Recently, I have been inspired by Lucy Do who owns and runs The Dodo Micropub in Ealing, London. She is an example of a leader who shows up and is not afraid to speak about the ups and downs of being a business owner during the pandemic. She supports local food businesses, understands what it is like to wear many hats in running a successful business, and advocates for her local community #HanwellMassive! I can really empathise with her work, personality, and the values she stands by – a leader and representing in an industry traditionally dominated by men.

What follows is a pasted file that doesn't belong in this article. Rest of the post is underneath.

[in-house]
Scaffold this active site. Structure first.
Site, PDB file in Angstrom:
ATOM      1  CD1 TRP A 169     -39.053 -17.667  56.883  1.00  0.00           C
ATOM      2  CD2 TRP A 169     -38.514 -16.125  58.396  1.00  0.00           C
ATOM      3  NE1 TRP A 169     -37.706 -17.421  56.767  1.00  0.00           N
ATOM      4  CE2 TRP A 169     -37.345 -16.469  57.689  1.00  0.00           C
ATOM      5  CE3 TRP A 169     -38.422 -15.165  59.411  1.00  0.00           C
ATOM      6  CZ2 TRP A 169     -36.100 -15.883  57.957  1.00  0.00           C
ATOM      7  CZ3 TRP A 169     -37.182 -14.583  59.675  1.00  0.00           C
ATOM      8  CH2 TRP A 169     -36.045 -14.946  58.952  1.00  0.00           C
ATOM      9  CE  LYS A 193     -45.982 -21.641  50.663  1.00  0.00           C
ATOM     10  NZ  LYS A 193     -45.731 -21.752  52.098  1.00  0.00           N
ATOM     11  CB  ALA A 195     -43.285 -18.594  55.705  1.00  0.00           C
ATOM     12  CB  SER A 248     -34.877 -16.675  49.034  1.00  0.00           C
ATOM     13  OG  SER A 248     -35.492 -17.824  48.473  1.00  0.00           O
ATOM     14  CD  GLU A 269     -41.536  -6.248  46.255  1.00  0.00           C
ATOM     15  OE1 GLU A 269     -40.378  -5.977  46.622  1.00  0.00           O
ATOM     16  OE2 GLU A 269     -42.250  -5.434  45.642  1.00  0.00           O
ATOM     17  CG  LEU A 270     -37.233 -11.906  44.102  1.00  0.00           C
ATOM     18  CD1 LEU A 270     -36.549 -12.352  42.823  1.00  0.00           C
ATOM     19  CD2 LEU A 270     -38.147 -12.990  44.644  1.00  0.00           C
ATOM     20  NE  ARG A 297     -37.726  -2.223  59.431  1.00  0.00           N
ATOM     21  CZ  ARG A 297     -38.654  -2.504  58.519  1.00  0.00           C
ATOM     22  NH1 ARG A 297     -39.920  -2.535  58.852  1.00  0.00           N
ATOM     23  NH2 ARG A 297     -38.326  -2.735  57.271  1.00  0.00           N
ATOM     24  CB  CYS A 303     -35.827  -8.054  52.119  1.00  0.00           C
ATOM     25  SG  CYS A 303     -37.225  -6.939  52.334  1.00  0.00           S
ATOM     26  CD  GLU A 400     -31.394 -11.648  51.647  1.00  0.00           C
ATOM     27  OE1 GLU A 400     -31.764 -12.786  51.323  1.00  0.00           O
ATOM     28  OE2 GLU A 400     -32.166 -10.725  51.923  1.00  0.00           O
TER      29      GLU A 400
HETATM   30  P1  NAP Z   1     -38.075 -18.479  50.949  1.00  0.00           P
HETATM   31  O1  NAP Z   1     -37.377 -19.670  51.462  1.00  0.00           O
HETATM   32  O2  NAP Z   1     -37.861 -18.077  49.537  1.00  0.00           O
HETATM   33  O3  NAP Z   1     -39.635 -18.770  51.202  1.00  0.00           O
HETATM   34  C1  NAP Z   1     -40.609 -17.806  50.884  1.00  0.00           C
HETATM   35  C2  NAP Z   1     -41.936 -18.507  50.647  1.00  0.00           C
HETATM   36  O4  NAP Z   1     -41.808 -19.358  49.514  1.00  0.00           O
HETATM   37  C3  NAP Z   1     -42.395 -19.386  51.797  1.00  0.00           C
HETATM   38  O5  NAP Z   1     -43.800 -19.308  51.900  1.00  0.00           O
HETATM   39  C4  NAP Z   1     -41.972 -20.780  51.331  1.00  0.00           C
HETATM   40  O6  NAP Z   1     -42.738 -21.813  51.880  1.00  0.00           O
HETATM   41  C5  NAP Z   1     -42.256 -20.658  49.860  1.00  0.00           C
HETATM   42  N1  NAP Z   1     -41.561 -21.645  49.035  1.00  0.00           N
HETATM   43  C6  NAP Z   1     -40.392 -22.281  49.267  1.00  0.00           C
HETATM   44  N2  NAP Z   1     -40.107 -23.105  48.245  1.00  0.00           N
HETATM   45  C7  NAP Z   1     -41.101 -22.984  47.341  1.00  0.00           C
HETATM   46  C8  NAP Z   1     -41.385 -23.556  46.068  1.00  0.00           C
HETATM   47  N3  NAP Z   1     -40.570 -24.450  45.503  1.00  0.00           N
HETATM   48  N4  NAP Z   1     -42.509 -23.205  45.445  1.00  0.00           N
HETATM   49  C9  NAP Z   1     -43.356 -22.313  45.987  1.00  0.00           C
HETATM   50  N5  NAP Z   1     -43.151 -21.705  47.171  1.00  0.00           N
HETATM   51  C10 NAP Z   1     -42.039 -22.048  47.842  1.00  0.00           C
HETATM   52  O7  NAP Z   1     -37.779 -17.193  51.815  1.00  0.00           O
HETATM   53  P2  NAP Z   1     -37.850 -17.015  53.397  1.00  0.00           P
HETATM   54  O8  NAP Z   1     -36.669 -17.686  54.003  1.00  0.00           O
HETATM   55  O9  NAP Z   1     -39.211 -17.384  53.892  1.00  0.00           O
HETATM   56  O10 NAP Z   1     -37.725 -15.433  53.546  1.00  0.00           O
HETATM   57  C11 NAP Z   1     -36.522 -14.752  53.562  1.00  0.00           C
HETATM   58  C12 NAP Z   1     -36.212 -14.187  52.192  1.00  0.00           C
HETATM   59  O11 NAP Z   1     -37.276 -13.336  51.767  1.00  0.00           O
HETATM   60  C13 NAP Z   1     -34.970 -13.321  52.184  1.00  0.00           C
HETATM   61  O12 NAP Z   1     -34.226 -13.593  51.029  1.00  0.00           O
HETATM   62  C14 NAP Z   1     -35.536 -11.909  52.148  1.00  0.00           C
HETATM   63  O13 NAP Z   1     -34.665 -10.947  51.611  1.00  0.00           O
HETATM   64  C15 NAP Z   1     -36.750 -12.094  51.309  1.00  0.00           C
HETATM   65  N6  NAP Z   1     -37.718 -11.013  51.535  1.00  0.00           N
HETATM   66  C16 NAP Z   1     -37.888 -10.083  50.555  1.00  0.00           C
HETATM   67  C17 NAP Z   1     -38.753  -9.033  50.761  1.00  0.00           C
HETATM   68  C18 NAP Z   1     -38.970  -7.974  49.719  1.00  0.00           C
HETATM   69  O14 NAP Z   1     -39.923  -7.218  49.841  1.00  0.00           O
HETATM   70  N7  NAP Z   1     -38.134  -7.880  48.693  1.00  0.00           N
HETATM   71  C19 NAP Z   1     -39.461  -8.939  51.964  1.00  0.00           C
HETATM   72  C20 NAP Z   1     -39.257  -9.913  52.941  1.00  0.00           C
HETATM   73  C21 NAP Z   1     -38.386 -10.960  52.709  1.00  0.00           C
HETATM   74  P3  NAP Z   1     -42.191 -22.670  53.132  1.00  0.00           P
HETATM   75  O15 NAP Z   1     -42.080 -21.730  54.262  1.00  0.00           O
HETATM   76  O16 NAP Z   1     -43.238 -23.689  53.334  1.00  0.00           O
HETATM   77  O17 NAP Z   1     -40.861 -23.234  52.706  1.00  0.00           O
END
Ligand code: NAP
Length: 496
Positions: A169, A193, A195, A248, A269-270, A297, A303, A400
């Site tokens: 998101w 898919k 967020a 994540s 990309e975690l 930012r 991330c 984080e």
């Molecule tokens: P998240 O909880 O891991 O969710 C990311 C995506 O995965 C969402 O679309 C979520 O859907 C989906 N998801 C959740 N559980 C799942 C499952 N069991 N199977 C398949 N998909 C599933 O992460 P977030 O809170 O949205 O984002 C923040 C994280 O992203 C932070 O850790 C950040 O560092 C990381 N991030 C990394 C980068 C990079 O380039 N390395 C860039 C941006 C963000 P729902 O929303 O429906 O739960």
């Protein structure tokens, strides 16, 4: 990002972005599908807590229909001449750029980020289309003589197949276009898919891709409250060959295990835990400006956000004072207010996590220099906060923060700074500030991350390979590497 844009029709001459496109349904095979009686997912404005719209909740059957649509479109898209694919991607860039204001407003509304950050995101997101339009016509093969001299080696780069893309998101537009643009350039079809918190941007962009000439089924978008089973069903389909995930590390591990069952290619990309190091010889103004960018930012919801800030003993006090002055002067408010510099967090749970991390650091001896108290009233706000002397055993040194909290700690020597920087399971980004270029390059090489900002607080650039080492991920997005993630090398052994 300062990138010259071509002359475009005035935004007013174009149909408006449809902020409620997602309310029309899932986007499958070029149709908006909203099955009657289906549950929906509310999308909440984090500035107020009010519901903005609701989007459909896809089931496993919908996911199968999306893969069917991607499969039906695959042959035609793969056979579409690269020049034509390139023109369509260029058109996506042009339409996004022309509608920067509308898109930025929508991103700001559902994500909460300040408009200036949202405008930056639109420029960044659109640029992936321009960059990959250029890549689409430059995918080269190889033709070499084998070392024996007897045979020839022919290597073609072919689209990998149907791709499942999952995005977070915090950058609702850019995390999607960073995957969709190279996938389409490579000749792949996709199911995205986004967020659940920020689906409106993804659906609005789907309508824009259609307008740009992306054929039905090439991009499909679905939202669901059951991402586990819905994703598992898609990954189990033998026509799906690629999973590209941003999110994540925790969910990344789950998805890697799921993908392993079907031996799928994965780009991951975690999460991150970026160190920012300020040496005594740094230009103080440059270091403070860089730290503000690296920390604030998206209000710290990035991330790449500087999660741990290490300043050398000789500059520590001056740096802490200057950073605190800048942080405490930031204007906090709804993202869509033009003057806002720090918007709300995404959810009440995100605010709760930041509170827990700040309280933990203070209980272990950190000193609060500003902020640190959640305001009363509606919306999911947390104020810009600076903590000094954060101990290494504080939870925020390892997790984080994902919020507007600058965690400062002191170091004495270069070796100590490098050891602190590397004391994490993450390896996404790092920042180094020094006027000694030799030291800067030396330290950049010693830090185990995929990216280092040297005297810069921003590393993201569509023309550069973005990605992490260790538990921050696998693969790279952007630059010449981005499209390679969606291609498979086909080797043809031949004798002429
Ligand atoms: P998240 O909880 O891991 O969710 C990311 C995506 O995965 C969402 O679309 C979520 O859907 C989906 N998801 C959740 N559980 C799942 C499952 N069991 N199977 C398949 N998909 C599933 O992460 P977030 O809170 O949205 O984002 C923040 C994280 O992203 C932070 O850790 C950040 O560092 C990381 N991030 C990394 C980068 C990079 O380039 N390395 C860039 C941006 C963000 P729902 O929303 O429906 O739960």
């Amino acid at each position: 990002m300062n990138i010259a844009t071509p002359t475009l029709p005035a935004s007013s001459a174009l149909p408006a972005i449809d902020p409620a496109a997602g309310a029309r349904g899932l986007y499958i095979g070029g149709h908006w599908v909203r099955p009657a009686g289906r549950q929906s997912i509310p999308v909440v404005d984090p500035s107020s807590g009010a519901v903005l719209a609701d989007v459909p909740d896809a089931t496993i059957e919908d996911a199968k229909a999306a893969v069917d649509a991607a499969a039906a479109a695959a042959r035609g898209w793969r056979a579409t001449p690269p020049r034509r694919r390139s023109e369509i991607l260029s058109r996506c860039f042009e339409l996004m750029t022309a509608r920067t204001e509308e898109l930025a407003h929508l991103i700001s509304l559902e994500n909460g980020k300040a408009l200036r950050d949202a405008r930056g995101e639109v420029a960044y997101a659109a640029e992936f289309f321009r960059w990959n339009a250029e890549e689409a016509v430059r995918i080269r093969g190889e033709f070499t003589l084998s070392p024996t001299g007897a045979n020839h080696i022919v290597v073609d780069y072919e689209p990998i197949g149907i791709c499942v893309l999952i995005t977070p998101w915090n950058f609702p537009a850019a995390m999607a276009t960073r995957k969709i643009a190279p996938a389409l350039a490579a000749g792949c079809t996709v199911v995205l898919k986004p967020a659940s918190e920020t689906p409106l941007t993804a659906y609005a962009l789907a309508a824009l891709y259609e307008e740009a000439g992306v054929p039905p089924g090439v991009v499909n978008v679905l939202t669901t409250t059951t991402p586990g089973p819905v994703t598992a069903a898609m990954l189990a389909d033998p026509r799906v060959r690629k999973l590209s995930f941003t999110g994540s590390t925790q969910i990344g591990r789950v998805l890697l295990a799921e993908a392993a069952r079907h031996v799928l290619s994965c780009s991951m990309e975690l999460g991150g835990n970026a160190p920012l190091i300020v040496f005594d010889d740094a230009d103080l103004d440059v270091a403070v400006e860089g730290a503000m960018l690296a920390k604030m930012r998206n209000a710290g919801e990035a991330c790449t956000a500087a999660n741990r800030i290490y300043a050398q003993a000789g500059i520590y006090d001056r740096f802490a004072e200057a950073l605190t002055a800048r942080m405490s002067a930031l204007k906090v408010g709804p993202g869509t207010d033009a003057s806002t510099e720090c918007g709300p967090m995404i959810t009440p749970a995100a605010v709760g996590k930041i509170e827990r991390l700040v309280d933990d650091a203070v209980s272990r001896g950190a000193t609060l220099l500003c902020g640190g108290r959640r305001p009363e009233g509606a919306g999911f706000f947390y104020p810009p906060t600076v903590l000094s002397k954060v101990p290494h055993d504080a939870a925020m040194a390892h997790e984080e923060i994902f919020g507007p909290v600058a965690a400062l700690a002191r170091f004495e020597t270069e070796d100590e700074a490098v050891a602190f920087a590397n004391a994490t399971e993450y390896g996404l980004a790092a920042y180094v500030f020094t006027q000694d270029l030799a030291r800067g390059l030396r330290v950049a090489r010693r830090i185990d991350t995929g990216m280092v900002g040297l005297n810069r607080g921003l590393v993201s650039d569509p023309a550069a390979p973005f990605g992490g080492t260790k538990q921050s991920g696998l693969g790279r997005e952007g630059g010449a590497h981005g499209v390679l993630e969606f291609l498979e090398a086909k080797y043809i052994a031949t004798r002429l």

YW: What does being Asian mean to you?

AC: For me, my upbringing in a small North-Western town in the UK meant assimilating to fit in to the majority. Although I was aware of my Asianness growing up, I had never made a point of showing my pride of being Asian. Mostly because I had never been surrounded by others who would instantly understand the lived experience of a British born Chinese girl who lived above a takeaway. I am so happy to be proven very wrong in my later years. I have been able to connect with many other people who have had similar experiences and together, we proudly celebrate our heritage. Being Asian means being unapologetically proud of your roots and heritage. It means the most amazing food and dishes which tell the stories of nostalgia, love, family, and community.

I love the #VeryAsian movement from @michellelitv as I feel that it embodies all of these things. Let’s keep celebrating our Asianness!